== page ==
When He Came Home


By Matthew Nojiri

News21 / Syracuse University

The Marine’s family and friends come to this cemetery just outside of town to think about the kid who loved to wrestle, who spent holidays fishing with his father, who had a smile people still remember.

Someone has placed a toy motorbike on his gravestone. As a teenager, the Marine used to race up these Northeastern Washington trails and dart between trees in a town covered with more forest trails than streets.

His grave reads, “Chadwick Ray Olson. June 2, 1988 - August 29, 2009. Forever in our hearts.” On a sunny day, the gravestone reflects a billowing red Marine flag off its glossy surface.

There are also beer cans. Many of them. Keystones and Coors Lights discarded by townspeople after a night of drinking at his grave. They want to remember him for the good things but are also burdened by what Chad Olson did the night he died.

“I’m still angry at him for what he did, and I’ll probably always be angry,” says his younger brother, Nick Olson. “It’s just something that he should have never done.”

On Aug. 29, 2009, after a night of drinking, four months of partying — and more than a year after he had returned from Iraq — Chad Olson murdered his wife, Jessica Armstrong, before committing suicide in his parents’ home in Republic, Wash.

“This case involved two young kids from the area,” says Tom Brown, the county’s deputy prosecutor. “We’ve seen murders, but they usually involve people passing by, people coming through the mountains. In this case, the community watched these two kids grow up. It was just that much more personal.”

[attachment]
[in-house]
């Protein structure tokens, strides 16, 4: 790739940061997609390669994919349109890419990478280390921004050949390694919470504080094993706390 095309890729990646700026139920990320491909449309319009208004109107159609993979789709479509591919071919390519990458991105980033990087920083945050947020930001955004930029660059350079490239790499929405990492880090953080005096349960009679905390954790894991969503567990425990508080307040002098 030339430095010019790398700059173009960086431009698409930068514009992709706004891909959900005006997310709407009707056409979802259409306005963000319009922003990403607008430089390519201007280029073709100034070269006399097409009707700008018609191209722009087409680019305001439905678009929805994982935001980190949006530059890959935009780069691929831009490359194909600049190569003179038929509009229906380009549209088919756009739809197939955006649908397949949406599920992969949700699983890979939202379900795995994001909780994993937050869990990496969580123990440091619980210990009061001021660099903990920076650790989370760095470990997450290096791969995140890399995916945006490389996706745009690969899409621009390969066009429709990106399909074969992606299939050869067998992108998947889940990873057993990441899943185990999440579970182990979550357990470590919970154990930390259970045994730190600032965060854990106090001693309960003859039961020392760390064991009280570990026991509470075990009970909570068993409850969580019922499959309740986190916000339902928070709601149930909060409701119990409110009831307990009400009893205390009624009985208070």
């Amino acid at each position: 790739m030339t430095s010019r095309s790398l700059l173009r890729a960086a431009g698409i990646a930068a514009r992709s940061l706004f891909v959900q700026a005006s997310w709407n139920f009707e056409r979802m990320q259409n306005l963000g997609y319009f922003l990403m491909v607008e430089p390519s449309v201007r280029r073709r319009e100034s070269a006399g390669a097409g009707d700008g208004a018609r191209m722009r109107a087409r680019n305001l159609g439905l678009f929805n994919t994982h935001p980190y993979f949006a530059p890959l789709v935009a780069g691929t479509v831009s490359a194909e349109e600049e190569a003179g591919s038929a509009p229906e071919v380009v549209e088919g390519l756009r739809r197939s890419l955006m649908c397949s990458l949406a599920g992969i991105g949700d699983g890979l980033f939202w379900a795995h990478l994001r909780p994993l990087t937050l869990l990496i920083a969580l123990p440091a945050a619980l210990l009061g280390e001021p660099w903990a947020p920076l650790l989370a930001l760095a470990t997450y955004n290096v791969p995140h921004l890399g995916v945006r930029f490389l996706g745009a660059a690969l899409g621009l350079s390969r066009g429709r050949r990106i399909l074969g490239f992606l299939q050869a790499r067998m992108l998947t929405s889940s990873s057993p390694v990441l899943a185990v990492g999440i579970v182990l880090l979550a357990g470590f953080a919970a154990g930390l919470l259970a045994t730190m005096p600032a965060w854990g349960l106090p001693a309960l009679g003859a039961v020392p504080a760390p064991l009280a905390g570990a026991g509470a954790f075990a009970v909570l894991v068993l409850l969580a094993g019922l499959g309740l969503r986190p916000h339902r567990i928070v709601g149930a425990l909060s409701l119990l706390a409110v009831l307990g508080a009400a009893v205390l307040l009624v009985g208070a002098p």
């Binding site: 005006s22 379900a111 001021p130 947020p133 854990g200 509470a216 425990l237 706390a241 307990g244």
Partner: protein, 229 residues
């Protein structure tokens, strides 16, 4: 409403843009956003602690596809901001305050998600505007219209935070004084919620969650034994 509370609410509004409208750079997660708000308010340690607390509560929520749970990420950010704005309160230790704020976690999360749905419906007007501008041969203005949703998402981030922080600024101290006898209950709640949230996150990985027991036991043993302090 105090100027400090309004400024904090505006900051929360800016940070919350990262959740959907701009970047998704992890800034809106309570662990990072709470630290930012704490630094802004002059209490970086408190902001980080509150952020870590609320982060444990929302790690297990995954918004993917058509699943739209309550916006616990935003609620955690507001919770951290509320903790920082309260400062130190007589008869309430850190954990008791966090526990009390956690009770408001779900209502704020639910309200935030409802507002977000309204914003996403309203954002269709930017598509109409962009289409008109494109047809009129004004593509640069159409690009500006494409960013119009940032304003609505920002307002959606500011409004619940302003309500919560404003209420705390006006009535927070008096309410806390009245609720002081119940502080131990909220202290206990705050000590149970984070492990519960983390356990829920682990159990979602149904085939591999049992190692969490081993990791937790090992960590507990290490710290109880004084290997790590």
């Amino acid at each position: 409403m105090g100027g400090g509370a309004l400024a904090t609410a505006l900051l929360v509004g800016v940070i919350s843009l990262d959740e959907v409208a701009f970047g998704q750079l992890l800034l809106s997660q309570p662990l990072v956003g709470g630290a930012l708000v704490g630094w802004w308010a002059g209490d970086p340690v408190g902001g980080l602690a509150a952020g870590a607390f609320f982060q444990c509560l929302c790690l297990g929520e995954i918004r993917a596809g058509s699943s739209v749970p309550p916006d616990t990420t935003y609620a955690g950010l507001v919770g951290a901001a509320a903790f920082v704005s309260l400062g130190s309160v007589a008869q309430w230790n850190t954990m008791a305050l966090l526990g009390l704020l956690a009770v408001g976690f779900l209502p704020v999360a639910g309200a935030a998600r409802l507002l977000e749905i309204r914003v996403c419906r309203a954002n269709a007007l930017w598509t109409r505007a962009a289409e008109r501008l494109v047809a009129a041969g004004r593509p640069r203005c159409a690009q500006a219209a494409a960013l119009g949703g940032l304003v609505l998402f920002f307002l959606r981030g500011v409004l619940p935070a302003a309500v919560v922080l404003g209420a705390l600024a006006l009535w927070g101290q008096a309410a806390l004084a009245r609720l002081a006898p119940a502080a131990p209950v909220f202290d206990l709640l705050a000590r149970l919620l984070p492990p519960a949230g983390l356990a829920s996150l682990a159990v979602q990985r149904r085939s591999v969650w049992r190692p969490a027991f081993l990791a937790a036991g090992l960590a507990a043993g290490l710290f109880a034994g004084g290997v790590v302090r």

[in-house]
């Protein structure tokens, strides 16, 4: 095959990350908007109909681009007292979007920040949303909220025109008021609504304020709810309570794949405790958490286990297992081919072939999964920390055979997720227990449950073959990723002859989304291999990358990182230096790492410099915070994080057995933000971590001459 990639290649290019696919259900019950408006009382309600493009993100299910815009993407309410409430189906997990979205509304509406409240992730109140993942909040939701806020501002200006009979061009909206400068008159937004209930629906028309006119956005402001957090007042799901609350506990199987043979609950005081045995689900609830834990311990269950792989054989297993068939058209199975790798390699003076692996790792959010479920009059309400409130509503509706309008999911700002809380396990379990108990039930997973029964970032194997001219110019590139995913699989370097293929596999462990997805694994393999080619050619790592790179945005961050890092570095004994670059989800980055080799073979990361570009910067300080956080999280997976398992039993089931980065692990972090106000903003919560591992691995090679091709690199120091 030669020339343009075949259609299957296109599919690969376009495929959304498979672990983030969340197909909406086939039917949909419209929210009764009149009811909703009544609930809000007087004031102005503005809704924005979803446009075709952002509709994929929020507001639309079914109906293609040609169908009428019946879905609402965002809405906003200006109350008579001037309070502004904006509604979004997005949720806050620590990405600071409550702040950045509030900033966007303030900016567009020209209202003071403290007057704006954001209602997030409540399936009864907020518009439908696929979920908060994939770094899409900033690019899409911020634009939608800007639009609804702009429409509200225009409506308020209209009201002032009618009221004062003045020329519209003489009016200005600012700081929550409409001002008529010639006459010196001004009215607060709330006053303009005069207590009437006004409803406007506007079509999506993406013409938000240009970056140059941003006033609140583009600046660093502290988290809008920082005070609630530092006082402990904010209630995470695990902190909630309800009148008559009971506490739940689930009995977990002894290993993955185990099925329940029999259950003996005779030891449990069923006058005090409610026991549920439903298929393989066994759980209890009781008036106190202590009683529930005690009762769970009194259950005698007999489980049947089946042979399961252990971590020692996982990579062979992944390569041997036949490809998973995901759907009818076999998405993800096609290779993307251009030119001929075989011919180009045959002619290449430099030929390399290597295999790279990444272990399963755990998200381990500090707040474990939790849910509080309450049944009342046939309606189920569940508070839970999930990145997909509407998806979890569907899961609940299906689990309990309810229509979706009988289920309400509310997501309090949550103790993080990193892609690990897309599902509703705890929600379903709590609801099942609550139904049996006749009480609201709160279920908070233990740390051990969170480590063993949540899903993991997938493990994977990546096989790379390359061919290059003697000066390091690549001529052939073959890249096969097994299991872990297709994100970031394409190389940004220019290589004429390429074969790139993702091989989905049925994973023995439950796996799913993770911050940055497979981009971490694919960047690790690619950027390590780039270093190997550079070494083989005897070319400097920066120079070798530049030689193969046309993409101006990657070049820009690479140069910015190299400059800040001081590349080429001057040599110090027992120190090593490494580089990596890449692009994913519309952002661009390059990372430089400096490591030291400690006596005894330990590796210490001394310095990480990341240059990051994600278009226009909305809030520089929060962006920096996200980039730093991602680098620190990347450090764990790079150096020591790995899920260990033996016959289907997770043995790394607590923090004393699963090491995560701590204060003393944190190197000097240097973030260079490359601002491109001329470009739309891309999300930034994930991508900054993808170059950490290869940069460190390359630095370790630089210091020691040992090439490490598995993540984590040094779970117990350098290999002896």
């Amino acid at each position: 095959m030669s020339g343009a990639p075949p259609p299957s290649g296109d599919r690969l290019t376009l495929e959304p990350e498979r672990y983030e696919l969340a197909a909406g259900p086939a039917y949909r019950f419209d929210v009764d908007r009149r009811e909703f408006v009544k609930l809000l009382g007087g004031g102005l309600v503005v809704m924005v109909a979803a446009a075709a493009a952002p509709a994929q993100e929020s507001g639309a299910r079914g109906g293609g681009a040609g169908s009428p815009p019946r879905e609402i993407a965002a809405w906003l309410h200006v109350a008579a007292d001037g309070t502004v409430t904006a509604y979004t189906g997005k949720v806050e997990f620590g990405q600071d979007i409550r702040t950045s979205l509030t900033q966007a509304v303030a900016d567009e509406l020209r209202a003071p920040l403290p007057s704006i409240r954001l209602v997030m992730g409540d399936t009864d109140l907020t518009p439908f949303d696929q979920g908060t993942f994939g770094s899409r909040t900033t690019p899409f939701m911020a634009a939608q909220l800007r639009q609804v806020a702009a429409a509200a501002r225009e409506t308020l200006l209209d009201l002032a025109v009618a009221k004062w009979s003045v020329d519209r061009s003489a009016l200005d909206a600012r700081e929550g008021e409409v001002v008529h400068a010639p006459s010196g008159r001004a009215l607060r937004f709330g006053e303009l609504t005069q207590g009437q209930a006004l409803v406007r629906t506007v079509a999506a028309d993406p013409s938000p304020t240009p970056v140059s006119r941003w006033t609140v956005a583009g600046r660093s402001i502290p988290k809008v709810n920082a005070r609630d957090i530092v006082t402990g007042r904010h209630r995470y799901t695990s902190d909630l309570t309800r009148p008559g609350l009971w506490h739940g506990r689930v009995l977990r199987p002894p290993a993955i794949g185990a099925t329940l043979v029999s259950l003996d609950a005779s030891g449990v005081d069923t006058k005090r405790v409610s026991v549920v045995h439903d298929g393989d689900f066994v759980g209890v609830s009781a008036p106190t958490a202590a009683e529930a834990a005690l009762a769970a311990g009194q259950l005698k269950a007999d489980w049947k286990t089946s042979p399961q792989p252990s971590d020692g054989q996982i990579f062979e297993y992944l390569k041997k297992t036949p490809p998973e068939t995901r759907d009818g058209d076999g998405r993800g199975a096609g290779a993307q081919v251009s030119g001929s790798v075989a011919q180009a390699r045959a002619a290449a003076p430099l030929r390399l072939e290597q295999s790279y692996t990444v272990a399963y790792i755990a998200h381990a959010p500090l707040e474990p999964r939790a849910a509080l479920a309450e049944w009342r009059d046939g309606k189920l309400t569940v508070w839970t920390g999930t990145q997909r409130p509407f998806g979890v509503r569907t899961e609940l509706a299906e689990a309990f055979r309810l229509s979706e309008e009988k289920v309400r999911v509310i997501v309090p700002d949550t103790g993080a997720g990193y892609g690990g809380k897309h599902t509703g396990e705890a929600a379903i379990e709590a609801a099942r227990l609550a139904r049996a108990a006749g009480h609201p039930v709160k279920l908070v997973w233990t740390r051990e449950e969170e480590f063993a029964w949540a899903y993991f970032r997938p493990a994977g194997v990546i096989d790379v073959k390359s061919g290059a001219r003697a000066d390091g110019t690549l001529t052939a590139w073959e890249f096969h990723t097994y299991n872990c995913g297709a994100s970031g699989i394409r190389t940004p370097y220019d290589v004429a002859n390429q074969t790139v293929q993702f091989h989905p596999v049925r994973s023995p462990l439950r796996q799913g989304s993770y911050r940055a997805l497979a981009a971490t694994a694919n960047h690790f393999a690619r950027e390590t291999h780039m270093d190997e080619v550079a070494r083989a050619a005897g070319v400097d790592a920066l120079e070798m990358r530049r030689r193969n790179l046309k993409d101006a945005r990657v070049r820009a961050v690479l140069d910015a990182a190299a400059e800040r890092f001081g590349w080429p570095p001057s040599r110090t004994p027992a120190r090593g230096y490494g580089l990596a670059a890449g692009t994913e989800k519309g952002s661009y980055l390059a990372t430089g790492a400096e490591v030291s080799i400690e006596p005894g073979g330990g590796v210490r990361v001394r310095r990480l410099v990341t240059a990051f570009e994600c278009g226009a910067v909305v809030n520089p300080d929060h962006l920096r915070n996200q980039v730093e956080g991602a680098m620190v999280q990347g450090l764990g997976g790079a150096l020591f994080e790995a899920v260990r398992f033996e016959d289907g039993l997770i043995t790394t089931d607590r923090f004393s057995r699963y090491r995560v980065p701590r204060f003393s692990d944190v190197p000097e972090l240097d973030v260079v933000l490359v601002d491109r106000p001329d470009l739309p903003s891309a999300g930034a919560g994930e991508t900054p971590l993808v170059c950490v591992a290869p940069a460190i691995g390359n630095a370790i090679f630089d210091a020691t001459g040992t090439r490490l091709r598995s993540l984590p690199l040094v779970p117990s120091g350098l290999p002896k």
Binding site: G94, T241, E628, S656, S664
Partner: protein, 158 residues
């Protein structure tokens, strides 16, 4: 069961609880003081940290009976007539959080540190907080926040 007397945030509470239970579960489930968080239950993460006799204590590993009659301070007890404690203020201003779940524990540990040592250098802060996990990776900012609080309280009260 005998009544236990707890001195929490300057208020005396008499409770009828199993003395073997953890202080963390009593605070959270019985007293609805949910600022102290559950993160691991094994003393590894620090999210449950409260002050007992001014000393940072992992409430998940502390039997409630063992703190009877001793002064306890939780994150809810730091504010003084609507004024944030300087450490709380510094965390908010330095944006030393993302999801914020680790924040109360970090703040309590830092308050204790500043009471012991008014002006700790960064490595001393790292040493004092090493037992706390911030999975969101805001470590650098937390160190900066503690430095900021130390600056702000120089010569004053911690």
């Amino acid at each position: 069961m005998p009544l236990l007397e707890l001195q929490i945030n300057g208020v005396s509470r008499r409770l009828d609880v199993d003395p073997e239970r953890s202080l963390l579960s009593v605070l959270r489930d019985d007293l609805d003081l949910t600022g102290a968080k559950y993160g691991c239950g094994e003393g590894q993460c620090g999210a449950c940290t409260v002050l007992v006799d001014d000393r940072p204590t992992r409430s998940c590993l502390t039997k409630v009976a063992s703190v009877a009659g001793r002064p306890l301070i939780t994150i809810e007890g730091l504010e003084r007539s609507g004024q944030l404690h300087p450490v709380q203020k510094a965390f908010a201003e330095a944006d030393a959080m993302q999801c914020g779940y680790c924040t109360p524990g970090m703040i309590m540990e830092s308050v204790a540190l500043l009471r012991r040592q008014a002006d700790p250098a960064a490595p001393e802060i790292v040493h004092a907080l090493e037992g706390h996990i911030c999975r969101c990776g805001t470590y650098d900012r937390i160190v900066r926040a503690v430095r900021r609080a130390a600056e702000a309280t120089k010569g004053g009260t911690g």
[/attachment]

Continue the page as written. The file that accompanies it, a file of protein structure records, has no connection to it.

A visitor walking through downtown Republic gets a sense that everyone is somehow connected to the tragedy: The woman who greets passers-by in front of her store sends cards to the Olsons; the waitress serving Mexican food at Esther's Restaurant just down the block was one of Armstrong’s close friends; across from Esther’s, Olson’s aunt works at the hardware store.

A year later, this small town of 958 people is still trying to heal, still trying to understand a question that may be an unanswerable one.

What happened to Chad Olson?

Olson left the military under hazy circumstances. People in town – his parents included – aren’t sure about how he was discharged.

He went to two counseling sessions at the Spokane Veterans Outreach Center, but it’s unclear what went on at those sessions. People say he walked away from it. They say someone should have forced him into more intense counseling. They say he could trick counselors into thinking he was fine.

They look to Iraq. It changed him. They rely on Olson’s war stories for some kind of explanation.

Chad’s is not the only such story. There were 52 Marine suicides last year, all by men, and 40 were between the ages of 18 and 24, according to Marine statistics. Chad was 21.

“We can’t let our veterans fall through the cracks,” says Matt Kuntz, executive director of the National Alliance of Mental Illness in Montana. Kuntz has lead a national initiative for more thorough mental-health screening for returning soldiers and veterans after his stepbrother, an Iraq veteran, committed suicide in 2007. “We owe it to them to make sure they get the care they need when they come back.”

What happened to Chad Olson? In a town that takes care of its own, no one seems to know for sure.